Biohacking is about becoming your optimal self so that you can enjoy life to the fullest. It’s hard for me to think of a more rewarding hobby to take up.

 

 

 

The 10-Minute Hotel Room Workout

Here is a simple workout that I came up with while staying in a tiny one room cabin in the middle of the woods during a meditation retreat. It requires very little space, and no exercise equipment. So it’s perfect for when you are traveling, only have a few minutes to spare, or can’t get to the gym.

3 Sets of:

10 reps of one-legged squats, each leg.

40 push-ups.

One minute rest in between sets.

 

Easier Version

3 Sets of:

25 squats

25 push-ups

One minute rest in between sets.

 

Female Version

3 Sets of:

15 squats

15 knee push-ups

One minute rest in between sets.

 

Are We Really the Smartest Species?

Homo sapiens are regarded as far and away the smartest species on the planet. So much so, that religious people have thought for centuries that man’s place in the universe is something special. Even, that the universe must in some way be created for us. No other species has the control over nature that we do, the tools we use, or our scientific understanding. We are a complete outlier when it comes to intelligence.

Or are we?

How do scientists compare intelligence across species? One way to do this is brain size. While obviously not a perfect correlation, intelligence does correlate to the size of your brain, even between humans. So who has the biggest brains in the world? Whales. Ok, just looking at brain size is not such a great way to measure intelligence, because the larger your body the more brain power needed to control it.  A better measure is what scientists call the encephalization quotient, which is roughly a measure of brain size relative to what you would expect for an animal that size.

Here are the rankings of extant animals species..

Species     EQ
Human             7.44
Dolphin             5.31
Chimpanzee     2.49
Raven             2.49
Rhesus monkey     2.09
Elephant             1.87
Baleen whale     1.76
Dog                     1.17
Cat                     1.00
Horse             0.86
Sheep             0.81
Mouse             0.50
Rat                0.40
Rabbit             0.40

Seems like a fairly accurate measure of intelligence right? Now, what jumps out at you when looking at this chart? Dolphins. Woah.

Here is a good TED video on how smart dolphins are.  Research shows that dolphins can problem solve novel tasks, have metacognition- meaning they are aware of their own thoughts – For instance in one study dolphins were able to tell researchers whether they knew something was correct or wrong (“Are these two sounds the same or different”?),  or if they weren’t sure if they were right. Dolphins also have complex emotions, senses of empathy, altruism, and attachment. They mourn their dead. Each dolphin has it’s own individual name.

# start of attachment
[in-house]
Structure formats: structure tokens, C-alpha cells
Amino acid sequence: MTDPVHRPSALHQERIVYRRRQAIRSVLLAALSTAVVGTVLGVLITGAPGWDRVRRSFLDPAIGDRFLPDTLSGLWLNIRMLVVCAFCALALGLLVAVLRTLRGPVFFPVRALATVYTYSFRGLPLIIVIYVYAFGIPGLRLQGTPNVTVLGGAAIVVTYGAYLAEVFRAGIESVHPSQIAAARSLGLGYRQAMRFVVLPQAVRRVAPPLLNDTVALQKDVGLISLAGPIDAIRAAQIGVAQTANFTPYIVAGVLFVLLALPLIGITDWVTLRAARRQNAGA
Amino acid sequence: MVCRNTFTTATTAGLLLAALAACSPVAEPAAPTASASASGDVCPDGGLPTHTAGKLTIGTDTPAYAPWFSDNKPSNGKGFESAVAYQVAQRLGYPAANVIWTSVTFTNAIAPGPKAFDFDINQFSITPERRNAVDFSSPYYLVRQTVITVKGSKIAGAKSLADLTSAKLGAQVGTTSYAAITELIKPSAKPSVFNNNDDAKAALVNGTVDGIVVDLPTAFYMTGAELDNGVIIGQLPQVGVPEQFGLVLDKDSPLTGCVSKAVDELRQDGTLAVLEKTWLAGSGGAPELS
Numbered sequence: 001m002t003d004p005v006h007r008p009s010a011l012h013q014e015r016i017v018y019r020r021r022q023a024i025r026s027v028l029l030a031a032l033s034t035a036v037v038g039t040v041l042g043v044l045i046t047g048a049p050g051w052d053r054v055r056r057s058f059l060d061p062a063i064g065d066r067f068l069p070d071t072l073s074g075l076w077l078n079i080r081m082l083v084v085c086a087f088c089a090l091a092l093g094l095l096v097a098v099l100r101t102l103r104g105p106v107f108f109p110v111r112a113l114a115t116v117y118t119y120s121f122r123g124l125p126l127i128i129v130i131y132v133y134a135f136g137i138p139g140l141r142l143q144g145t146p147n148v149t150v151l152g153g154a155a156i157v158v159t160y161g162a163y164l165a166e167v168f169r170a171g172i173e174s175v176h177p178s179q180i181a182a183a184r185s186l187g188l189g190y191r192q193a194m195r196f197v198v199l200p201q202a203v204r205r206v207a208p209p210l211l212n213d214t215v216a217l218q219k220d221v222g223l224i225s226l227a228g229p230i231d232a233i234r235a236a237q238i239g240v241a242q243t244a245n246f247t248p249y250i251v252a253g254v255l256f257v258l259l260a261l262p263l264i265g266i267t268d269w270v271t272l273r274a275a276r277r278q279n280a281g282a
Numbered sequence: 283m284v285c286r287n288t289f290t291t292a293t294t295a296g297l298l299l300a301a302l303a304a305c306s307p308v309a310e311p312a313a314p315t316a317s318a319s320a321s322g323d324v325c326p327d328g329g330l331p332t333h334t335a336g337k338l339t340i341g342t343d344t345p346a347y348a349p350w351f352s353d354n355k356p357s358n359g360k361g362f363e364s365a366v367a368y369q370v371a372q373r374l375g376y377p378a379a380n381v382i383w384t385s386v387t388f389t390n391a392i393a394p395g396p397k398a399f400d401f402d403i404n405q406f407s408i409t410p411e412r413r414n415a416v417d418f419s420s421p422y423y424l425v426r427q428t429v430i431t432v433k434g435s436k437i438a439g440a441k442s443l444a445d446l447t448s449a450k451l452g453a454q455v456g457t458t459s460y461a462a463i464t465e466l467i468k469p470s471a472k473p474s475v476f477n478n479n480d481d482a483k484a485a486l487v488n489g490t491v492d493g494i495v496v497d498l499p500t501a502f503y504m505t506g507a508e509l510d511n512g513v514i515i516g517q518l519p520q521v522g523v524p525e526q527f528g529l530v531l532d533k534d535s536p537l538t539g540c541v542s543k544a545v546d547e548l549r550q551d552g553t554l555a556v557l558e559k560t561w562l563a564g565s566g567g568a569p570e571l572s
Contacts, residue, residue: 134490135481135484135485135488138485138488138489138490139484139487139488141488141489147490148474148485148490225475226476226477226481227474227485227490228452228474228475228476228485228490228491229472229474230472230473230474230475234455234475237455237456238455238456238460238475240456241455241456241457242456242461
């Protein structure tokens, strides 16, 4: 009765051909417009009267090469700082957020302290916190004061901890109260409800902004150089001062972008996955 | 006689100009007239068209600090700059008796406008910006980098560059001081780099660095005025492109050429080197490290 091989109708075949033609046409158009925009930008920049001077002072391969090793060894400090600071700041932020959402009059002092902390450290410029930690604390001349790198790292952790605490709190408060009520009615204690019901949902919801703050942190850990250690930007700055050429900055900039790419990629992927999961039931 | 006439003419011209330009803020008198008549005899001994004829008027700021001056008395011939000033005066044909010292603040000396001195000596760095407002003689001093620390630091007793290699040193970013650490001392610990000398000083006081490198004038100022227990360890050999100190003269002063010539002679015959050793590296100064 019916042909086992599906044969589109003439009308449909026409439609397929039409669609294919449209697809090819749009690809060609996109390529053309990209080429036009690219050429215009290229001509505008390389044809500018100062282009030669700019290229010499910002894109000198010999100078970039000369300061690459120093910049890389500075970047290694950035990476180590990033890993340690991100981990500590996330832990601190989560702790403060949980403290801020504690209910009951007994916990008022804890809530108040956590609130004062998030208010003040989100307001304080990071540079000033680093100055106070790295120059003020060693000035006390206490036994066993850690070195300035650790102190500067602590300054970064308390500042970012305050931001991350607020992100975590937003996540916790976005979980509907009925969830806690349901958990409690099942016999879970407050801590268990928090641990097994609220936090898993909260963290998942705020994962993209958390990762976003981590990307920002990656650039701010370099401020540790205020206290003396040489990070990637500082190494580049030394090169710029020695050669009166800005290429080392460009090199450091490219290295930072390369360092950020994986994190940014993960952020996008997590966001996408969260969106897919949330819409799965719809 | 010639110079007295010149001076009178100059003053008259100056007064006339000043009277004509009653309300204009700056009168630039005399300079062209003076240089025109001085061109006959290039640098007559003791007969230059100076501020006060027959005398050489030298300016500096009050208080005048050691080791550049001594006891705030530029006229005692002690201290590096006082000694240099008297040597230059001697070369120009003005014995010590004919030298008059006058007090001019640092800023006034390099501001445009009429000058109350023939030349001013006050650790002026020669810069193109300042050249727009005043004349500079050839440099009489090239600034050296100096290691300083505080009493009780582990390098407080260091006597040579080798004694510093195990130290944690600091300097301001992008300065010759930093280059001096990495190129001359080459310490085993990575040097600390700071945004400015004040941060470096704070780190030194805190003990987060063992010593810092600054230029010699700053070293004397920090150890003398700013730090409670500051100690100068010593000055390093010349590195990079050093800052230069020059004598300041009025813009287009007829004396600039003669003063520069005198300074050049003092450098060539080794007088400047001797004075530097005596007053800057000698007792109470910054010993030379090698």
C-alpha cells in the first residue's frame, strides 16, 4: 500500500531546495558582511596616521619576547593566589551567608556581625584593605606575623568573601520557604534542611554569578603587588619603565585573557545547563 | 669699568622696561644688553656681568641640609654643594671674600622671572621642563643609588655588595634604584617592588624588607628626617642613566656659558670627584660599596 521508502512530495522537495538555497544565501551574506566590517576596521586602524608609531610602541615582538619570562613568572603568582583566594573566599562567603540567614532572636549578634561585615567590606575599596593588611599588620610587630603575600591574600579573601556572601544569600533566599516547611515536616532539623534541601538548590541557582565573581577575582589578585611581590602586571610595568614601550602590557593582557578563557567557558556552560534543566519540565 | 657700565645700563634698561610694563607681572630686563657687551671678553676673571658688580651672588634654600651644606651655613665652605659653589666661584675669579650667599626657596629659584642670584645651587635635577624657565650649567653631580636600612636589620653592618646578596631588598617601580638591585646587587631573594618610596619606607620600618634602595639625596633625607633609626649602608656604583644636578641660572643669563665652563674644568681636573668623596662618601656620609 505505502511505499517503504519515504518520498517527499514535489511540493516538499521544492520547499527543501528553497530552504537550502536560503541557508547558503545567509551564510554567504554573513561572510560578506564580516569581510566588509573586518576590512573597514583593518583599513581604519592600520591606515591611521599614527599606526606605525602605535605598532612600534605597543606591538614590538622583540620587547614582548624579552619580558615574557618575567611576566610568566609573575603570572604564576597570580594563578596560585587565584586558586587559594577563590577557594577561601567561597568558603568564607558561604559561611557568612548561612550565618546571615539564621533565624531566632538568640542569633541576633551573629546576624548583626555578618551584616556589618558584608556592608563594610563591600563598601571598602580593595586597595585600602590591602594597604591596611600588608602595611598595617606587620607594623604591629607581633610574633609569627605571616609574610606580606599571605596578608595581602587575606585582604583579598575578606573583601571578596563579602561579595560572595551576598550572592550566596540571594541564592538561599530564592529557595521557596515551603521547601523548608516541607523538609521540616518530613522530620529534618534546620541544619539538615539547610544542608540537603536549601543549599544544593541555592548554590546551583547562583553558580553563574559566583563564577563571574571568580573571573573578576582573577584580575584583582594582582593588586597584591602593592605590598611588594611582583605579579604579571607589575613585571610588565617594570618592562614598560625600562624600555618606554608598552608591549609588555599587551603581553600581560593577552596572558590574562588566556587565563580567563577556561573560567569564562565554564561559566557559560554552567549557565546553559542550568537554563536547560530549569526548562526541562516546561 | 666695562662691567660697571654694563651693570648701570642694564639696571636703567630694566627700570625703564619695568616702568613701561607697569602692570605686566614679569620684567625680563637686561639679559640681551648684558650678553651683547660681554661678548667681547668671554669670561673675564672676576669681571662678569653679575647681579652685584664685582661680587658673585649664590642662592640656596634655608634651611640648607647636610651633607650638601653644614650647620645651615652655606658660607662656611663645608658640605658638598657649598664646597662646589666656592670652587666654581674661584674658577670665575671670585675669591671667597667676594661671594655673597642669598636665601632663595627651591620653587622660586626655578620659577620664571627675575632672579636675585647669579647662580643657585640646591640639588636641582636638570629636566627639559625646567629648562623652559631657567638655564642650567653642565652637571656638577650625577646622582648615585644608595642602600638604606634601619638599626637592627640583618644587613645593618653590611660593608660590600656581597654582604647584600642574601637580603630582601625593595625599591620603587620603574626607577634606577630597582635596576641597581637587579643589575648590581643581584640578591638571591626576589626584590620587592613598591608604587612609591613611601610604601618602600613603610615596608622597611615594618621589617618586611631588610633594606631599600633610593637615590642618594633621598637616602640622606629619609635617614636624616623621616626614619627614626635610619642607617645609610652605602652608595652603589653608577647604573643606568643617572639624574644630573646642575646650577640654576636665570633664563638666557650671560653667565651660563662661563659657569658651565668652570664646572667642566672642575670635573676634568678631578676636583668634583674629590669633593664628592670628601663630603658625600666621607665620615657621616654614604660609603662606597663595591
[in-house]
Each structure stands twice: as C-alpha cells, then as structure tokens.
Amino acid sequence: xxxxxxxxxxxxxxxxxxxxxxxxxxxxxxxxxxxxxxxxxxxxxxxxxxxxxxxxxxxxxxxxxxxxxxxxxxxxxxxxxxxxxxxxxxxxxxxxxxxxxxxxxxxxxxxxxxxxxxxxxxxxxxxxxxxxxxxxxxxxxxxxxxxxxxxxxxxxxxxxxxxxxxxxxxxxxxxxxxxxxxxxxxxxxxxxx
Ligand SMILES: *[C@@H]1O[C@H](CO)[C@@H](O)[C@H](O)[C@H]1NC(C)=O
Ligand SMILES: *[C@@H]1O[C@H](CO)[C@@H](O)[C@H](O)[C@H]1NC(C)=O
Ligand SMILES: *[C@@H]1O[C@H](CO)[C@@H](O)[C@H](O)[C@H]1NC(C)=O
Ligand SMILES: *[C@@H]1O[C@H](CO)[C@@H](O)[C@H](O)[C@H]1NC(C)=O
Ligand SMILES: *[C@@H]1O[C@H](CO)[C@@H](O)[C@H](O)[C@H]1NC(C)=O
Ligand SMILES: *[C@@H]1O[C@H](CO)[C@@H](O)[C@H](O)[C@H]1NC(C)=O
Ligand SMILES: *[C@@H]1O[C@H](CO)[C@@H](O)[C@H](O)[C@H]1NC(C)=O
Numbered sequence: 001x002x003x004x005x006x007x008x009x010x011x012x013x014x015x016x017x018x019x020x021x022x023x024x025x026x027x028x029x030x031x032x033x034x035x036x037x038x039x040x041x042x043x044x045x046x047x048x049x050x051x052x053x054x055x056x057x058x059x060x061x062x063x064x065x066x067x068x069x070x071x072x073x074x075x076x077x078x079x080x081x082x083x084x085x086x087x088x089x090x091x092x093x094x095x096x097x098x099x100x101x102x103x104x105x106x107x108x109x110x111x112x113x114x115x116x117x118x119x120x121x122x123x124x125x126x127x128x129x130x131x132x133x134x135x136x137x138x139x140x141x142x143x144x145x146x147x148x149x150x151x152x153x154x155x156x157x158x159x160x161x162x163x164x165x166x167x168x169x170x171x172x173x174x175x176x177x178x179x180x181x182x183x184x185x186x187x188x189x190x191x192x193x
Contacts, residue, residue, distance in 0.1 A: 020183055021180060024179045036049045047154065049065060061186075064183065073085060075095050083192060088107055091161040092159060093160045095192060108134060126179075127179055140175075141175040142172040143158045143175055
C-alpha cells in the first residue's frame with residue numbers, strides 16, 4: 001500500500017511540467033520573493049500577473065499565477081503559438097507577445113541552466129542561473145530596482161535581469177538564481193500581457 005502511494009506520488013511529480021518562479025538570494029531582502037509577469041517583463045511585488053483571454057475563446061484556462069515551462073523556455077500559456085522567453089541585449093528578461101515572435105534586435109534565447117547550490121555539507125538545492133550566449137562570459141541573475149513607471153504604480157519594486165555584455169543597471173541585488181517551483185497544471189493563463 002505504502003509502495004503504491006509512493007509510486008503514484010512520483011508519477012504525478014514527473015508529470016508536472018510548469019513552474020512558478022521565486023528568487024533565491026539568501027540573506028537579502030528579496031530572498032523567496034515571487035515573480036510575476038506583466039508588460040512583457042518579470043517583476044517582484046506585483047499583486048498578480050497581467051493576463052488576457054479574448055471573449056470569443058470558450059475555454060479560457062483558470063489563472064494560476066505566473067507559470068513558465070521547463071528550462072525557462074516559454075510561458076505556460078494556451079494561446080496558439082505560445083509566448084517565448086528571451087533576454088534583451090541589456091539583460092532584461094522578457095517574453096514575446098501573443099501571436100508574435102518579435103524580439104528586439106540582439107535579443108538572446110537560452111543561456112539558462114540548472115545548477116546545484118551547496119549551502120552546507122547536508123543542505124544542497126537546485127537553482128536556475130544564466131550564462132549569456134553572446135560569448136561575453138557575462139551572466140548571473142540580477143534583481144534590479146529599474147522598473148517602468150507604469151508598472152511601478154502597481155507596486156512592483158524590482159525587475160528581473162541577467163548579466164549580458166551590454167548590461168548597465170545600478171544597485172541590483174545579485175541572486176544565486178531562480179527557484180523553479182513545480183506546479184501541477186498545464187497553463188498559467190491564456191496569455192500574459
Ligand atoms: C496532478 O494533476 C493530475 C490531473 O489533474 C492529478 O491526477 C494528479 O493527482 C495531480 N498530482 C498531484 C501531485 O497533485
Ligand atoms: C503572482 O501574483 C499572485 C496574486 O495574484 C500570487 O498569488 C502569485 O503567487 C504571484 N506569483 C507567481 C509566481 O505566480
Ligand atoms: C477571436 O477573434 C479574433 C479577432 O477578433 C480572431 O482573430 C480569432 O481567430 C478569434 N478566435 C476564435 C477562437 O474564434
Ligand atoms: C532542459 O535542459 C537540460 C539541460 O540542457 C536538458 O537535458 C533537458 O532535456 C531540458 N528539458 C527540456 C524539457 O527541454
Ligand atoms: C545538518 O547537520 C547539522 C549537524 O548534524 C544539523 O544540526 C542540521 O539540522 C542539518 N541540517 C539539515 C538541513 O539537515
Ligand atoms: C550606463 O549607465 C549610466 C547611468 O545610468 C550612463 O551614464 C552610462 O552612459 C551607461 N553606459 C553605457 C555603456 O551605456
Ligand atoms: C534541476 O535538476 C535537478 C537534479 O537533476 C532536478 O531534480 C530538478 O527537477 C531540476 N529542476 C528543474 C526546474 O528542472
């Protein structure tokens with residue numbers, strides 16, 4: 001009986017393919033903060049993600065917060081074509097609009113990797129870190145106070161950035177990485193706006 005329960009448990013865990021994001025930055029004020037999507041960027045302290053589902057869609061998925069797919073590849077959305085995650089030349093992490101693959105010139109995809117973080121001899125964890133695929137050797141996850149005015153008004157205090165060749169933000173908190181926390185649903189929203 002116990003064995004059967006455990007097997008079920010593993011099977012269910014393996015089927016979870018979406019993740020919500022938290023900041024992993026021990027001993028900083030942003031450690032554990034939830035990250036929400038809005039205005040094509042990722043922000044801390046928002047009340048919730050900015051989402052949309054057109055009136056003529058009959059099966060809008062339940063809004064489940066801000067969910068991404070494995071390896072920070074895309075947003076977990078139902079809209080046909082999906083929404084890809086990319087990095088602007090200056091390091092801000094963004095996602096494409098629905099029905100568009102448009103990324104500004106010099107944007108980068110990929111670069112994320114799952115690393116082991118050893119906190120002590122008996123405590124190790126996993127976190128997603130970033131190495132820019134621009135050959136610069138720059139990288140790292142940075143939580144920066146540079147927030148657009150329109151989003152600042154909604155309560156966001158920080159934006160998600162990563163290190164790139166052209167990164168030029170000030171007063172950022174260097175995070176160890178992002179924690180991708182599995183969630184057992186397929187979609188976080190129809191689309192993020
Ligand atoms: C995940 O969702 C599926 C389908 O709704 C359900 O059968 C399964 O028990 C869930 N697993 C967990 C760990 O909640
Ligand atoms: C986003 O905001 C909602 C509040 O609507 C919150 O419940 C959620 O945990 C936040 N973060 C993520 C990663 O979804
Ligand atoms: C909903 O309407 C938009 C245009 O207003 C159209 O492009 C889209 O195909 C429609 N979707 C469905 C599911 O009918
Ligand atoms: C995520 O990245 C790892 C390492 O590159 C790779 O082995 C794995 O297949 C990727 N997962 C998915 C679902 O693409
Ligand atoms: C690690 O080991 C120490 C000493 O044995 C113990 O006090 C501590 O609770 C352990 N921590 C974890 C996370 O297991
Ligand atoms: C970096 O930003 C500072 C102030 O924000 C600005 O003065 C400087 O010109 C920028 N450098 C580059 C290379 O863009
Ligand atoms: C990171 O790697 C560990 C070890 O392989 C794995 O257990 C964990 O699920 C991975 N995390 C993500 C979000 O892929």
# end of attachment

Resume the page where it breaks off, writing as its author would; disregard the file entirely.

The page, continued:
They also come up with ingenious ways to hunt fish. See here..this is truly incredible.

https://www.youtube.com/watch?v=bzfqPQm-ThU

Q:But Jevan, if dolphins are so smart, how come they don’t have iPhones?

A: Would you have an iPhone if you lived underwater and had no hands? No matter how smart dolphins are, how can they invent complex tools with only fins?

But still, homo sapiens EQ is higher than dolphins, so we still must be the smartest species right? Not so fast, we have the highest EQ of existing animals. But perhaps not of all time. That prize may go to the neanderthals.

The average neanderthal brain weighed 1600g
The average modern human brain weighs between 1250-1400g

Neanderthals were bigger than us back then, which brings down their relative brain-to-weight ratio, but we have gotten so fat that North American males, on average, weigh more than the 77kg neanderthal. So who has the highest EQ of all time depends on how fat the sample of modern humans we take.

The good news for homo sapiens is that neanderthals devoted much of their brain space to their enhanced visual and physical abilities. Modern humans have more brain space devoted to higher cognition and social networking.